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Farmer’s Journal

It’s Friday before Mother’s Day and I can’t believe I am pulling out my Carhart jacket for tomorrow’s plant sale rather than a t-shirt for this time of year. Earlier this week I was included on a text thread between my brother and our farm manager. My brother was so relieved after hearing this weekend’s forecast that we hadn’t planted our warm weather veggies yet. At that moment our manager had just arrived back to the farm with all our tomatoes, peppers, and cucumbers and was firing up the tractor to get started planting. His response, “are you serious?” was classic. Instead of planting we switched gears to create our own temporary greenhouse and keep all our baby plants alive until we get through several risky nights. Things are certainly off to a slow start at the farm in a state of near suspended animation. Everything is plowed and tilled but it seems we are either waiting for the soil to dry out or for temperatures to warm up. Due to the weather we are about three weeks behind schedule. The only thing that seems to be growing fast is the grass. We are supplementing our farm shares by heading down south to the northern neck of Virginia and even North Carolina for strawberries. However this weekend even the southern mid-atlantic is braced for a freeze which will certainly impact our supply. Our next batch of strawberries were produced in a greenhouse.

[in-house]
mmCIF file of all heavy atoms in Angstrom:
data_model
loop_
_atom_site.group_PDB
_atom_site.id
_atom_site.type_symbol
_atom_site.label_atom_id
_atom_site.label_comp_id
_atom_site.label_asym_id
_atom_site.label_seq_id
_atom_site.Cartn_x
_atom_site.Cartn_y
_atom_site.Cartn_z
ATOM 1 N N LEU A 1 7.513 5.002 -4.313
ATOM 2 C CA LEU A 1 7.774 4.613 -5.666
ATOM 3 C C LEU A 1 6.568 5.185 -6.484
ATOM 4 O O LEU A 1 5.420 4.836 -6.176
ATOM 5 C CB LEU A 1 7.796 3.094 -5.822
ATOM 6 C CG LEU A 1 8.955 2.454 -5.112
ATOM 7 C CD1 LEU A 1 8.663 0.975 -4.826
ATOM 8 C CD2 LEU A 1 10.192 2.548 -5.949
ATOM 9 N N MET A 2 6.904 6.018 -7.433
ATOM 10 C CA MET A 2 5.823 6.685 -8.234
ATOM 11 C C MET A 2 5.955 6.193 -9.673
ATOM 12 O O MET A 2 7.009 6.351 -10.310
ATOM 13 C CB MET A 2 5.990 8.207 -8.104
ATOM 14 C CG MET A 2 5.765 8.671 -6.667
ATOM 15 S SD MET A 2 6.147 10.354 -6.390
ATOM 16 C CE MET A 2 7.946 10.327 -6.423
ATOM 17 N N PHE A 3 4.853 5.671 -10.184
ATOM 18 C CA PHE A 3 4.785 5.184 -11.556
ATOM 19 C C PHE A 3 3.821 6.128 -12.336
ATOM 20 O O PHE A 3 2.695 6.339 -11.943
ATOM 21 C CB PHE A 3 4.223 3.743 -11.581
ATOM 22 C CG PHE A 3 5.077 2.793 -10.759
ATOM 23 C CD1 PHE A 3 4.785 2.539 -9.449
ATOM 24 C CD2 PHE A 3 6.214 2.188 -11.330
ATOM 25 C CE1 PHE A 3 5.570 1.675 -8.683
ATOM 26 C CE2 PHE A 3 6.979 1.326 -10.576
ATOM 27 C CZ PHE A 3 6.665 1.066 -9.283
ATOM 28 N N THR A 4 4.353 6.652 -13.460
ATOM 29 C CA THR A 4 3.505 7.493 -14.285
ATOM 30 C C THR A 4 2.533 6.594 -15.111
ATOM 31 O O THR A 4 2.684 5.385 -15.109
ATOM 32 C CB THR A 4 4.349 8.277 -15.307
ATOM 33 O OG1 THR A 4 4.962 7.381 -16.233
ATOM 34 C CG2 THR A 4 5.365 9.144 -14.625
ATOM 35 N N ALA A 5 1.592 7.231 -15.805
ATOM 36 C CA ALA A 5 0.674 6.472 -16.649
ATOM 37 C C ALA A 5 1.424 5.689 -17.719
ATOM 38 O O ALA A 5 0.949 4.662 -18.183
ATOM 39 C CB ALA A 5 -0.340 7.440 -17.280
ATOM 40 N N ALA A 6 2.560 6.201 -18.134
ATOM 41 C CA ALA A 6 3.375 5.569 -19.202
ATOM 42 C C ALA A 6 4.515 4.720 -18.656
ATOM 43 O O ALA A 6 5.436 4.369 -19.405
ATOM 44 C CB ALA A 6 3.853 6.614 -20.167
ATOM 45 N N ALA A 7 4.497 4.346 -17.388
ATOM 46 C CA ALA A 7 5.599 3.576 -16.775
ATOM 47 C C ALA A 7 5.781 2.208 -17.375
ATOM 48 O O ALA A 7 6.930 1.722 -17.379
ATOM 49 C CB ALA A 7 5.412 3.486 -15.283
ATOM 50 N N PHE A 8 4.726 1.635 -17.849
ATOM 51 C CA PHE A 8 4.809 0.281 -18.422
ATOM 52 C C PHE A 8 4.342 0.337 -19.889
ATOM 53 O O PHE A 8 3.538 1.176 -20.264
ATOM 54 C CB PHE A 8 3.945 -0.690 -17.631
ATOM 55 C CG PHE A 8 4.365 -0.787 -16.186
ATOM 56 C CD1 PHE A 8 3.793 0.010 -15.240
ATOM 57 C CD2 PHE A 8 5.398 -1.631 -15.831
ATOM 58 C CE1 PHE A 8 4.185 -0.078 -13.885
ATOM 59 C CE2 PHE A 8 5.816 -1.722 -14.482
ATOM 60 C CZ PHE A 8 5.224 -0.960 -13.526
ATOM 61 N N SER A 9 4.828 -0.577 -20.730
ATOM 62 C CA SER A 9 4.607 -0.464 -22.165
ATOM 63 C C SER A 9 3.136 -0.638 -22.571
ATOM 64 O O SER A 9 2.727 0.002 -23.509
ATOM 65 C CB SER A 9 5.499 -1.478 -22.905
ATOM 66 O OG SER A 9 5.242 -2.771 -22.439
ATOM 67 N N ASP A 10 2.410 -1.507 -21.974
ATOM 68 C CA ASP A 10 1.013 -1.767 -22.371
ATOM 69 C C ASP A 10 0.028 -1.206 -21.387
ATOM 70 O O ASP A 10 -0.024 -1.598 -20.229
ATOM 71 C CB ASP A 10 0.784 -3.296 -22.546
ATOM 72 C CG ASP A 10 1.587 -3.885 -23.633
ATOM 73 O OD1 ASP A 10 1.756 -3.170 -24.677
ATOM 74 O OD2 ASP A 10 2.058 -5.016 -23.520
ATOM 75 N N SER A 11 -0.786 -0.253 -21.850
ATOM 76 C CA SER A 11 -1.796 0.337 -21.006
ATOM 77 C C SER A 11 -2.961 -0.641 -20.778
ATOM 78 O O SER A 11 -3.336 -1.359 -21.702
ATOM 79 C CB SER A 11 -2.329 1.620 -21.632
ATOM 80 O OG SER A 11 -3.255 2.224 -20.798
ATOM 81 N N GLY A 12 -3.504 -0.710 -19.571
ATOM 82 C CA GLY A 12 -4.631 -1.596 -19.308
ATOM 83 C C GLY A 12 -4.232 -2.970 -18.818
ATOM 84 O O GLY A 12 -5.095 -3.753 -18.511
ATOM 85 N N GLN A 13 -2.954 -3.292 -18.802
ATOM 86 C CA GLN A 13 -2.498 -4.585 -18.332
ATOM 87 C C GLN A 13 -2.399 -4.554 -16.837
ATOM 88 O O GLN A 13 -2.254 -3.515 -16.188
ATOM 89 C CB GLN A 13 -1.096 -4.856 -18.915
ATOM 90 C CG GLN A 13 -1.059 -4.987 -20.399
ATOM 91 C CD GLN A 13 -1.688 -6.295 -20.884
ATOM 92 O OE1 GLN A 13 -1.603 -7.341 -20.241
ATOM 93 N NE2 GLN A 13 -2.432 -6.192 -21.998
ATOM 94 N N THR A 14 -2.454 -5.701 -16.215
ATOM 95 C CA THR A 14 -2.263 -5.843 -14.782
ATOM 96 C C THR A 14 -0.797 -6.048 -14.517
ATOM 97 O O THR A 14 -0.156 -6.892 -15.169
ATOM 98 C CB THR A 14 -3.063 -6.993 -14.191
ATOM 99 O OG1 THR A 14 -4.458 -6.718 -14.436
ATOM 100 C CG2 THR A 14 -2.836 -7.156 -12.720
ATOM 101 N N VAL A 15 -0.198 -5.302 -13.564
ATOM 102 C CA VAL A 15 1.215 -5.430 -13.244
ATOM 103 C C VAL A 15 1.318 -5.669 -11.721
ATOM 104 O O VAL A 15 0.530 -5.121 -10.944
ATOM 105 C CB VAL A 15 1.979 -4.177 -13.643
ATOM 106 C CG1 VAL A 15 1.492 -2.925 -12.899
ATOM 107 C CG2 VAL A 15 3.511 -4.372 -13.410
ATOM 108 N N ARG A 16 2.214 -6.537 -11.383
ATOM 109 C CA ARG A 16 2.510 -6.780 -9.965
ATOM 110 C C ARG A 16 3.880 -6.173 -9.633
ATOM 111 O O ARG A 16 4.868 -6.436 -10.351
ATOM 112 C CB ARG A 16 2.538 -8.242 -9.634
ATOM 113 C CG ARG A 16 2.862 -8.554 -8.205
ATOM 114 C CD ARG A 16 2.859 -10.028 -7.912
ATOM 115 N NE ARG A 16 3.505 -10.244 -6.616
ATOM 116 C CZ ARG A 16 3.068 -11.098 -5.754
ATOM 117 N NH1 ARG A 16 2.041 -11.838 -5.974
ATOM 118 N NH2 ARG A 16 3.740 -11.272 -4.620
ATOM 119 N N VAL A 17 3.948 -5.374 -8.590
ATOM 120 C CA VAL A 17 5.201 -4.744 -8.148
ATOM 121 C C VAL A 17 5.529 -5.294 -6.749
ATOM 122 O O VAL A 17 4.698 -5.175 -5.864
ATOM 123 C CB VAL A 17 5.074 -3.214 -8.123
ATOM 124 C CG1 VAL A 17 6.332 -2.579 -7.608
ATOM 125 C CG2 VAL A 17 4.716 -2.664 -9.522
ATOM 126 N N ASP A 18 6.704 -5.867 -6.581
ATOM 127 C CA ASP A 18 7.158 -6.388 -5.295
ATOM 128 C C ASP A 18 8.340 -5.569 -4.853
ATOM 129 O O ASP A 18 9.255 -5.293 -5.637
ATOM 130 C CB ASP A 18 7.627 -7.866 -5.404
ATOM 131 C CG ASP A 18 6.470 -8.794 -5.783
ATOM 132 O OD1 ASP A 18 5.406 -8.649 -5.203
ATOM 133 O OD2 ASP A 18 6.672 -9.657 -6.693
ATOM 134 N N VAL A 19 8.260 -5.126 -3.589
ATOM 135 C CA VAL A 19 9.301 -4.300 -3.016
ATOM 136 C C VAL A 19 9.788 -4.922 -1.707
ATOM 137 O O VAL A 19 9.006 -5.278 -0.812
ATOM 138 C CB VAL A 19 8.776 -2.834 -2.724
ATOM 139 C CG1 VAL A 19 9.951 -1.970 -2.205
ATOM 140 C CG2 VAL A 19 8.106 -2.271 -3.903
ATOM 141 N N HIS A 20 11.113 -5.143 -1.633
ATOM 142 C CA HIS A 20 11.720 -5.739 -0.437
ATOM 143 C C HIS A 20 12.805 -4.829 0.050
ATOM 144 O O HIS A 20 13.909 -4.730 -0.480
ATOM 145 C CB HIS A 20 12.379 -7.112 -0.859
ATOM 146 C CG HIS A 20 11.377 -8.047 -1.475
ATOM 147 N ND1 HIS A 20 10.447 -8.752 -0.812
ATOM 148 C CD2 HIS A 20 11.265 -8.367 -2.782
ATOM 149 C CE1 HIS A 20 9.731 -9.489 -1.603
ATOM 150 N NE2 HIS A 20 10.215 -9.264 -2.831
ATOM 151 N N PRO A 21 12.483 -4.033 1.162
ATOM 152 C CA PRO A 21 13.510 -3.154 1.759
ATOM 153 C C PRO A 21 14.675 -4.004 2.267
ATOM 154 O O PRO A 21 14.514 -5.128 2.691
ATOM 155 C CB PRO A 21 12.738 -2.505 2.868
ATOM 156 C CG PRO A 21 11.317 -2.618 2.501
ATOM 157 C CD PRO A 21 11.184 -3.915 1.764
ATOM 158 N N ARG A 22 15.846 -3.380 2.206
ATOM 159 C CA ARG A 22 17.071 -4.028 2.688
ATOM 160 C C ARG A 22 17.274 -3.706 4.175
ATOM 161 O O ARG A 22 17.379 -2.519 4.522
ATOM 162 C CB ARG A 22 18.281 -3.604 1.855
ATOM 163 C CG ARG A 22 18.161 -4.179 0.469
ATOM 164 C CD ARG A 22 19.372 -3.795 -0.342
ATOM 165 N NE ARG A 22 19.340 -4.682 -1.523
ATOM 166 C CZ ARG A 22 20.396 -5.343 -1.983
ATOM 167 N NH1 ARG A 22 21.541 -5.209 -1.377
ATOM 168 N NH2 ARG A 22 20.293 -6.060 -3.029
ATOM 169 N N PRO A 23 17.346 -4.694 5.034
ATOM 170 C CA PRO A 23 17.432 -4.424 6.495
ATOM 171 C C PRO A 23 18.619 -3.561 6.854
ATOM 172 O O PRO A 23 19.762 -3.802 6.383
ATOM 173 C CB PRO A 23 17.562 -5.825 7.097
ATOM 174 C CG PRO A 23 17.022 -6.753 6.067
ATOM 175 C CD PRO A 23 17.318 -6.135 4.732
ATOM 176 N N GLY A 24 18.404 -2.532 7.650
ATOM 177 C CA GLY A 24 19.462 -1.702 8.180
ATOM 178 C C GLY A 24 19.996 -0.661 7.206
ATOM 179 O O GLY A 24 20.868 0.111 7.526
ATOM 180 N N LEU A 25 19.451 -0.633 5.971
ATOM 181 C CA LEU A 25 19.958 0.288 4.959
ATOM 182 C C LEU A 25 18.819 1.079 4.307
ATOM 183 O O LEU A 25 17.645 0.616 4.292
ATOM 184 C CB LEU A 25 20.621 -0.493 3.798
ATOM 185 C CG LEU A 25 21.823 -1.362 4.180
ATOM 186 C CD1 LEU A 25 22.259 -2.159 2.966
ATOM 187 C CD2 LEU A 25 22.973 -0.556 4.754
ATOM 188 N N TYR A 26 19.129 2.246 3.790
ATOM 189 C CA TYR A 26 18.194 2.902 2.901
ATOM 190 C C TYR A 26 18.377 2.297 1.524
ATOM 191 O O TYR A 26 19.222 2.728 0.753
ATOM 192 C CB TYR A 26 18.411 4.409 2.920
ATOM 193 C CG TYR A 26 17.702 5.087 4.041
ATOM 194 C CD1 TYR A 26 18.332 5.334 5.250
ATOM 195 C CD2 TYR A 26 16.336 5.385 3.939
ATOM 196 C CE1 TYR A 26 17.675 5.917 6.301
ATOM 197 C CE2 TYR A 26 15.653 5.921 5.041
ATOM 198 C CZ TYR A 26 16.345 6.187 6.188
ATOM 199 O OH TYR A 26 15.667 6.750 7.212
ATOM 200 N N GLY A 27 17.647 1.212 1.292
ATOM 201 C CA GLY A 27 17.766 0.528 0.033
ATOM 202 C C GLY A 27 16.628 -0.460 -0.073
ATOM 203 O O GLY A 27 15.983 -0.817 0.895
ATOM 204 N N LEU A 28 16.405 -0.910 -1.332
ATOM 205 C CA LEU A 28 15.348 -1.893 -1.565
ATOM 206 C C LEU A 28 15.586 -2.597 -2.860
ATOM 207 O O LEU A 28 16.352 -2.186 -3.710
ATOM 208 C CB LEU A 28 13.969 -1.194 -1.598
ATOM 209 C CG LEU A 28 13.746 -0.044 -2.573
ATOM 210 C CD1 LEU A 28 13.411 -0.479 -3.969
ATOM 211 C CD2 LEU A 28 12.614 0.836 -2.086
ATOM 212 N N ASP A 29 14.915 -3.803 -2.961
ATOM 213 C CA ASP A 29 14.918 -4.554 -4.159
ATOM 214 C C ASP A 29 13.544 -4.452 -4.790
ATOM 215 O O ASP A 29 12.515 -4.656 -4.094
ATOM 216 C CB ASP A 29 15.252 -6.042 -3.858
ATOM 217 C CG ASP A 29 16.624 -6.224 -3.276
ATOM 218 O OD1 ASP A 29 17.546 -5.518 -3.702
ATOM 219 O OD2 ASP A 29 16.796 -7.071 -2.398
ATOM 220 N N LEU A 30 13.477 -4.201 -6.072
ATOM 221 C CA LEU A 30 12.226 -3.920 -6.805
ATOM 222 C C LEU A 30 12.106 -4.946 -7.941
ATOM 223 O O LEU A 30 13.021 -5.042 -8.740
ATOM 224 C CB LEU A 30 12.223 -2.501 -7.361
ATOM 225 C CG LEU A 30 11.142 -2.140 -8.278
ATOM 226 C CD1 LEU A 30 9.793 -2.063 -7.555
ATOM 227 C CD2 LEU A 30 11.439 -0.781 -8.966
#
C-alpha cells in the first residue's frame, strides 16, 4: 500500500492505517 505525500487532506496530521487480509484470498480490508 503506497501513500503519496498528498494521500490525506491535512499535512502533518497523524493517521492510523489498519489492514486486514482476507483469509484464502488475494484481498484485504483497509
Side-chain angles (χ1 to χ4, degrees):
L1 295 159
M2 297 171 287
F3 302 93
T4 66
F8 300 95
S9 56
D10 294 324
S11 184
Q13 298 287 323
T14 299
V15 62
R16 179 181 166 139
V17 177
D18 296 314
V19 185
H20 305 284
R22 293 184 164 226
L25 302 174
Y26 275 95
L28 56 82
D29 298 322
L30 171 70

Polar vortexes, cool and cloudy weather, and coronaviruses are making this a tricky season to say the least.  It’s interesting to see how interconnected things are including farms. Large commercial growers in Florida are unable to harvest due to labor shortages related to Covid-19. There are frost warnings all up and down the east coast this weekend and we are even mentally preparing ourselves for a few snowflakes. These factors are creating shortages in supply on a national level and are driving up market prices locally as we have discovered while attending Amish farm auctions in Pennsylvania where we are seeing high tunnel tomato prices skyrocket. However we are still staying positive and hopeful. When the sun does eventually decide to come out we will be ready and able for this season to kick in. I would like to reassure our CSA Members that Norman’s is committed to providing you with the freshest and best quality local produce we can source either from our farm or other local partners. We have been in the produce business for over thirty years and fortunate to have strong connections with lots of growers so we believe that you are in good hands with us this season.

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